Three types of Christian millennialism • Premillennialism (catastrophic millennialism) • worldwide destruction and the return of Jesus Christ are required to save humanity and bring about a new era of peace on earth • a pessimistic view of modern society and sees the world as fatally flawed. • Postmillennialism (progressive millennialism) • through social reform and by upholding Christian ideals, the kingdom of God will be built on earth and Christ will return. • some believe the millennium has already started • Amillennialism • there will be no earthly millennium • the millennial rule of Christ occurs in the hearts of believers
Why do people join NRMs? (Eileen Barker) • To find direction, meaning, the hope of salvation • To find a sense of belonging to like-minded community • To develop a relationship with God • To develop their spirituality • To find their true selves • To find other possibilities that they felt they were denied in the “outside world” • To get good health & cure diseases • To have moral guidance
3 types of New Religions in Japan • New Religions • New New Religions • New Spirituality Movement (“Spiritual World”) = New Age:
New Spirituality Movement • Beliefs: • Earlier religions (with hardened doctrines and institutional forms): prevented individuals from realizing full spiritual potential • Humanity is entering a new stage in the evolution of consciousness • Each individual should search and discover their own inner being, develop their own spirituality, and bring about their own spiritual transformation • Techniques: meditation, ascetic training, bodywork, psychotherapy • Study: ancient mysticism, archaic religions and myths, rituals, psychological theories
The believers: Three types of response: • Joining an NRM will remain the most important thing to happen in their lives • The experience may have seemed wonderful at first but has since soured through disappointment and disillusionment • Having extremely unpleasant experiences and feeling that they have been deceived, manipulated, exploited and/or robbed not only of money and material goods but also of their time, innocence and faith in God/humanity
The NRMs: • Fundamental difficulty: The aspiration to realize religious ideals in this world through political means met with strong opposition from society atlarge • Choices available: • Greater confrontation (e.g. Aum Shinrikyo) • Find hope in an ideal society in the future • Compromise and take a more realistic position with regard to social reform (e.g. Soka Gakkai)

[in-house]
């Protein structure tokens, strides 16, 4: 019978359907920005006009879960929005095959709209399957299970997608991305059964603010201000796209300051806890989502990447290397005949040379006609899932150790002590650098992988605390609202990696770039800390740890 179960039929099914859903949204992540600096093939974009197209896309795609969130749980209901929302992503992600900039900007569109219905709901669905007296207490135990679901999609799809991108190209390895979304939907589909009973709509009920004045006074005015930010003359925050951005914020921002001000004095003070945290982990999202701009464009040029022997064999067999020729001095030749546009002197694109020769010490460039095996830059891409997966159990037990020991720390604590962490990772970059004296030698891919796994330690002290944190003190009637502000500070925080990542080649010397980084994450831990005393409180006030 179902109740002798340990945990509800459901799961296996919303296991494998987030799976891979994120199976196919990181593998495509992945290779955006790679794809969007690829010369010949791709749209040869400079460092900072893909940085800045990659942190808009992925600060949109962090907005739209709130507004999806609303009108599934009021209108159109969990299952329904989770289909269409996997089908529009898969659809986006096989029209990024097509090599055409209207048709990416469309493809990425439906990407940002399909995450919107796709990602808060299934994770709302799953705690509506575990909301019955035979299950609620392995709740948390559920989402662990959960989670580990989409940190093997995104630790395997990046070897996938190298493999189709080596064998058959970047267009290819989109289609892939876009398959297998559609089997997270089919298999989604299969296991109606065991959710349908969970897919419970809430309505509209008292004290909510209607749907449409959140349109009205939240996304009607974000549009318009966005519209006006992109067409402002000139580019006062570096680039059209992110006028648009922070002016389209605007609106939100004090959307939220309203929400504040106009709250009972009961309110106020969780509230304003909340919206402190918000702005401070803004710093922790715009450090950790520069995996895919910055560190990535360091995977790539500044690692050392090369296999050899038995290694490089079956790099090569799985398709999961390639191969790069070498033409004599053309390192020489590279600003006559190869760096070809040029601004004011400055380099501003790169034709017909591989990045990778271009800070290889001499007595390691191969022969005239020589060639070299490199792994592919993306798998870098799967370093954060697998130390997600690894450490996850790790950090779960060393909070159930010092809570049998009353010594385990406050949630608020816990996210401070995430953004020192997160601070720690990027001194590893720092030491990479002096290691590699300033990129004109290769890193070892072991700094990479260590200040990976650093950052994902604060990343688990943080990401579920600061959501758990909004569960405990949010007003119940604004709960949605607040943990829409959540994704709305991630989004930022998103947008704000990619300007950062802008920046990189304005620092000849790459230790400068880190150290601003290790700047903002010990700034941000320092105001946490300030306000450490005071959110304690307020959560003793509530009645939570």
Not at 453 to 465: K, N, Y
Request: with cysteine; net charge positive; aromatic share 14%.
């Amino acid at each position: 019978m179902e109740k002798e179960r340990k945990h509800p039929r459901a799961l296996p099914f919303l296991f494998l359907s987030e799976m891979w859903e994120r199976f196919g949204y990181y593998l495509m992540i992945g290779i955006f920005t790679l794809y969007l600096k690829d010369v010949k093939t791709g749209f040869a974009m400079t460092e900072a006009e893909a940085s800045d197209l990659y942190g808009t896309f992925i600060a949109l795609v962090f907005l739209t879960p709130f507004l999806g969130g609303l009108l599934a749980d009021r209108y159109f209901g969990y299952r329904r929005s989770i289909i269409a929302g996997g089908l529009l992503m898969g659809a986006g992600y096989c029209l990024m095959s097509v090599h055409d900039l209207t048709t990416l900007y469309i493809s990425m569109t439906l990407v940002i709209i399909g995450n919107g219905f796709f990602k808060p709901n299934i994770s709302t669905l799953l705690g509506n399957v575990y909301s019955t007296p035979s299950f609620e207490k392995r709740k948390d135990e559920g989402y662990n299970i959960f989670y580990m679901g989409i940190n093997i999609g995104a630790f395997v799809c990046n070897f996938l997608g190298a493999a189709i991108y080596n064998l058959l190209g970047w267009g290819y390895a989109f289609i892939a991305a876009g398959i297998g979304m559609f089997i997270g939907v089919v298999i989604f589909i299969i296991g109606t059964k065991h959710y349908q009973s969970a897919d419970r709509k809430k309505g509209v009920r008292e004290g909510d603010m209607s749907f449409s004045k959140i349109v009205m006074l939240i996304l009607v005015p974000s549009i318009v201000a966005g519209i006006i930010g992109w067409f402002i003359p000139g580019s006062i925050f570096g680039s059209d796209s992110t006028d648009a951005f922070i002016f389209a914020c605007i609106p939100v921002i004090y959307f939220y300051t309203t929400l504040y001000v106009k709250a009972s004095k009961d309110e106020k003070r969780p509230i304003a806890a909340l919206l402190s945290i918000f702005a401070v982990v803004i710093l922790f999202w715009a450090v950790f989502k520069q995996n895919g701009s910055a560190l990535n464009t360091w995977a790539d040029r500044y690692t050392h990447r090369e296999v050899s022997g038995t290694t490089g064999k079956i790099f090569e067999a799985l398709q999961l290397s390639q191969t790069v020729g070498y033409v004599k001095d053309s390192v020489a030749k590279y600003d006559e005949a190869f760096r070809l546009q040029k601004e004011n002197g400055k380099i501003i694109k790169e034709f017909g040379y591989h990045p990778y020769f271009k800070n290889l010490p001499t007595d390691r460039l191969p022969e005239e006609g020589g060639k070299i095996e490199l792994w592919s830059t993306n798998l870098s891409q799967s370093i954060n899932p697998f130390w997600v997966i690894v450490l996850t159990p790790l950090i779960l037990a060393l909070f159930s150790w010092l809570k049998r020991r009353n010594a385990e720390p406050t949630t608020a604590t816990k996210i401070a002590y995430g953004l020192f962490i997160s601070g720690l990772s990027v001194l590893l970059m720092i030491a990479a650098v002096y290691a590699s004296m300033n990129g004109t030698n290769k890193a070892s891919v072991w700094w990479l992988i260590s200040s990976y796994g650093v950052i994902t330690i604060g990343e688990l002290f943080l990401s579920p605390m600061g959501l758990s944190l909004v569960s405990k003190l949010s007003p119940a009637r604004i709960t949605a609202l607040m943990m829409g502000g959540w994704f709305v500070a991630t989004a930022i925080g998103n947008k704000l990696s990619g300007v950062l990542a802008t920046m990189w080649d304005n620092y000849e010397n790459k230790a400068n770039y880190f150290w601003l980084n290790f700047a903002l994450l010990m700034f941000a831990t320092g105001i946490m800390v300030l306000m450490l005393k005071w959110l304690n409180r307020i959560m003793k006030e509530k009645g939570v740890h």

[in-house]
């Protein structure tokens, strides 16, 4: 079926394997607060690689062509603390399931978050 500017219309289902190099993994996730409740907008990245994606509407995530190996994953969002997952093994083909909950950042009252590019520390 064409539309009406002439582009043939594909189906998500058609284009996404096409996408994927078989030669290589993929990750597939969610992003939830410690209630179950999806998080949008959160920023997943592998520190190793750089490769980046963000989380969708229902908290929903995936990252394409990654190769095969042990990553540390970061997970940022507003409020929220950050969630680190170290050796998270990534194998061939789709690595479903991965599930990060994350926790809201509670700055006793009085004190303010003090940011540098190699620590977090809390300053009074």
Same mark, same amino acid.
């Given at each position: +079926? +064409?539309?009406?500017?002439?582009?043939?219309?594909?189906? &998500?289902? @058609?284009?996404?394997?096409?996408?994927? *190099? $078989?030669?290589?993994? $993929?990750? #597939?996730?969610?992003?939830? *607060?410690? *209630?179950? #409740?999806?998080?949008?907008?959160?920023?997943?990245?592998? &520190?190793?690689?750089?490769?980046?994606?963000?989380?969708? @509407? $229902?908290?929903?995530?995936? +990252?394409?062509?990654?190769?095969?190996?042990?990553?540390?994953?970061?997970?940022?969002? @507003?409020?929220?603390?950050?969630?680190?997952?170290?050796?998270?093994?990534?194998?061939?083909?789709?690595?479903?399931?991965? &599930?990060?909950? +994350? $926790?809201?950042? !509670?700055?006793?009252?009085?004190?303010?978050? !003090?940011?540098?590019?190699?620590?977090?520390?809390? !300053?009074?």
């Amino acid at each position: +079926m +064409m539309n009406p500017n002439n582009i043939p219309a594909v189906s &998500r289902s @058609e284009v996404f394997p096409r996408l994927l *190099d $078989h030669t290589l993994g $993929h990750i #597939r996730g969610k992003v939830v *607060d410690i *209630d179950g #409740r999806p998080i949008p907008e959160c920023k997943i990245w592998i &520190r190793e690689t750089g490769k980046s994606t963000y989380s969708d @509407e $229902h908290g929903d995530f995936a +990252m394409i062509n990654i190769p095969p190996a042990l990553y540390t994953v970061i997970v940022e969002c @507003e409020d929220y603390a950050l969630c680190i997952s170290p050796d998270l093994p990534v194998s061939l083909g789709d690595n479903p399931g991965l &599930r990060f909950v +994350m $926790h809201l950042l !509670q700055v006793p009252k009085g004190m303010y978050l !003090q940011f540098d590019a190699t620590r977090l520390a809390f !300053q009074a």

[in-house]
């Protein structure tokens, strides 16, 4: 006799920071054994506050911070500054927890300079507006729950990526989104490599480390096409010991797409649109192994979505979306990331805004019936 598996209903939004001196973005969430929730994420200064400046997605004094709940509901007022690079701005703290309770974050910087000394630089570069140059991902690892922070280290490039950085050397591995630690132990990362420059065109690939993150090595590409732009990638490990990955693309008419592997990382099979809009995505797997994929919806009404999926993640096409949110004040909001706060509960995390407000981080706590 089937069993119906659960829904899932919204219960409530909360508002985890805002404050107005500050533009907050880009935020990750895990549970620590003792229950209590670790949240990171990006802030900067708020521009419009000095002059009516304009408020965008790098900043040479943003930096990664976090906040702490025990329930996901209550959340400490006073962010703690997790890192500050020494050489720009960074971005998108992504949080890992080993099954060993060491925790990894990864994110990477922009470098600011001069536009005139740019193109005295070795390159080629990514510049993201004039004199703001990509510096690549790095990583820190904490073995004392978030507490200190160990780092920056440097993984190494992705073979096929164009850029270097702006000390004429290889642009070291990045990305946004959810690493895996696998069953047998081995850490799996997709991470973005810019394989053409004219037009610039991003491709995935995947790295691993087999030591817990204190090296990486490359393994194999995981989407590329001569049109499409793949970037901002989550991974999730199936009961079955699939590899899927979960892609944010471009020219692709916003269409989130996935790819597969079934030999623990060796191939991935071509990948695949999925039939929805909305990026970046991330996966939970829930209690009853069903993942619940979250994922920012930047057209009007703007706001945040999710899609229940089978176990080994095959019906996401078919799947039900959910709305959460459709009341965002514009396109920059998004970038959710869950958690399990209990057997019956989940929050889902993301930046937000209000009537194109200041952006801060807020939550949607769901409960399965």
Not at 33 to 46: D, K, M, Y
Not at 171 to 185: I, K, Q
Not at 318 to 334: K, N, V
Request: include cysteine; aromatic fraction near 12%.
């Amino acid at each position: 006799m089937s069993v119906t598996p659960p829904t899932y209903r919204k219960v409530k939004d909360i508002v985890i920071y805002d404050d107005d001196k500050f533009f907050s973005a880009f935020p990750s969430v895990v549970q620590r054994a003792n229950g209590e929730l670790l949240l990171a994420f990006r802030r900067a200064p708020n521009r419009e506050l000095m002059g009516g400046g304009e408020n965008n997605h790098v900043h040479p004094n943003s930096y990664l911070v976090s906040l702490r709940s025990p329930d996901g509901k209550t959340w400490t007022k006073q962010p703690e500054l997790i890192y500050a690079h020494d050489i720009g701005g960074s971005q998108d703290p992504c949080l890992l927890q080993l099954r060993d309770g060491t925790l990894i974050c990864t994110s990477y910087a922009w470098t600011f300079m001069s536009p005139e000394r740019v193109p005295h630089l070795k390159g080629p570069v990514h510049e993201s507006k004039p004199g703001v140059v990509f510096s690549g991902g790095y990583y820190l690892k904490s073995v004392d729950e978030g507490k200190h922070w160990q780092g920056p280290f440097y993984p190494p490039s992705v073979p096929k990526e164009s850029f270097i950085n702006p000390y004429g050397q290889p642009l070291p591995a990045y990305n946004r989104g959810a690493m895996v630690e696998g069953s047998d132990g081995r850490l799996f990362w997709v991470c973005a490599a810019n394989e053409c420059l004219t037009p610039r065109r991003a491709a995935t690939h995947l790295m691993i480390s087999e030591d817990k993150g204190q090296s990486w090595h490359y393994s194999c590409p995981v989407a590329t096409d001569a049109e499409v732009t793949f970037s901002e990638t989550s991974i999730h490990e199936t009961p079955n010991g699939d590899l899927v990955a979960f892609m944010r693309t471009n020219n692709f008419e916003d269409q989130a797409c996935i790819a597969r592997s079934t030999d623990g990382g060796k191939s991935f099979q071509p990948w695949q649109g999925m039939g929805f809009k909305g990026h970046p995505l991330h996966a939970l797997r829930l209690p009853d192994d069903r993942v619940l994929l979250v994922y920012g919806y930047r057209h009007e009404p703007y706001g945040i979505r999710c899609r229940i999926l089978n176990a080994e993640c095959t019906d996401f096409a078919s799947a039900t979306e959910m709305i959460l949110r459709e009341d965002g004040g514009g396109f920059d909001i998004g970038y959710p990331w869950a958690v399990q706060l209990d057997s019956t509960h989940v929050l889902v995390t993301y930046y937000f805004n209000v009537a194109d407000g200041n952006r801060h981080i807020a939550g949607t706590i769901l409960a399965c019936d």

Typology of orientations of religion towards the world • World conqueror • Tocontrolof the structures of society • Militant: use the sword or the bomb • World transformer • Influence the structures, institutions, laws and practices of a society (with accommodatingstrategies) • Civilsociety rather than battlefield is the primary arena for interaction with the enemy
Typology of orientations of religion towards the world • World creator • Direct competition with the outside world: strengthen its own world to attract others as a clear alternative to the fallen world. • Missionary work: not to transform the structures of the world outside, but to increase the numbers of the enclave • World renouncer • Same as 3.1-2 • Seek purity and self-preservation (the self-construction of the fundamentalist world) more than controlling the fallen outsiders
What makes a cult become “World-destroying” ? • Totalized Guru: “no deity beyond the guru”; no difference between reality and metaphors for both guru and disciples • Extreme Technocratic Manipulation: associated with both a claim to “absolute scientific truth” and the use of technical devices to transform disciples (in the case of Aum, hallucinogenic drugs). • Impulse: “the relentless impulse toward world-rejecting purification” • Ultimate Weapons: the attraction of ultimate weapons (e.g. “nuclearism”)
What makes a cult become “World-destroying” ? • Aggressive Numbing: a shared state, where hesitations toward violent and illegal actions go away • World-destroying apocalyptic events: a vision of an apocalyptic event or series of events that would destroy the world in the service of renewal • “Altruistic Murder” ideology: an ideology of “killing to heal”, of “altruistic murder” and “altruistic world destruction” (From Robert Lifton )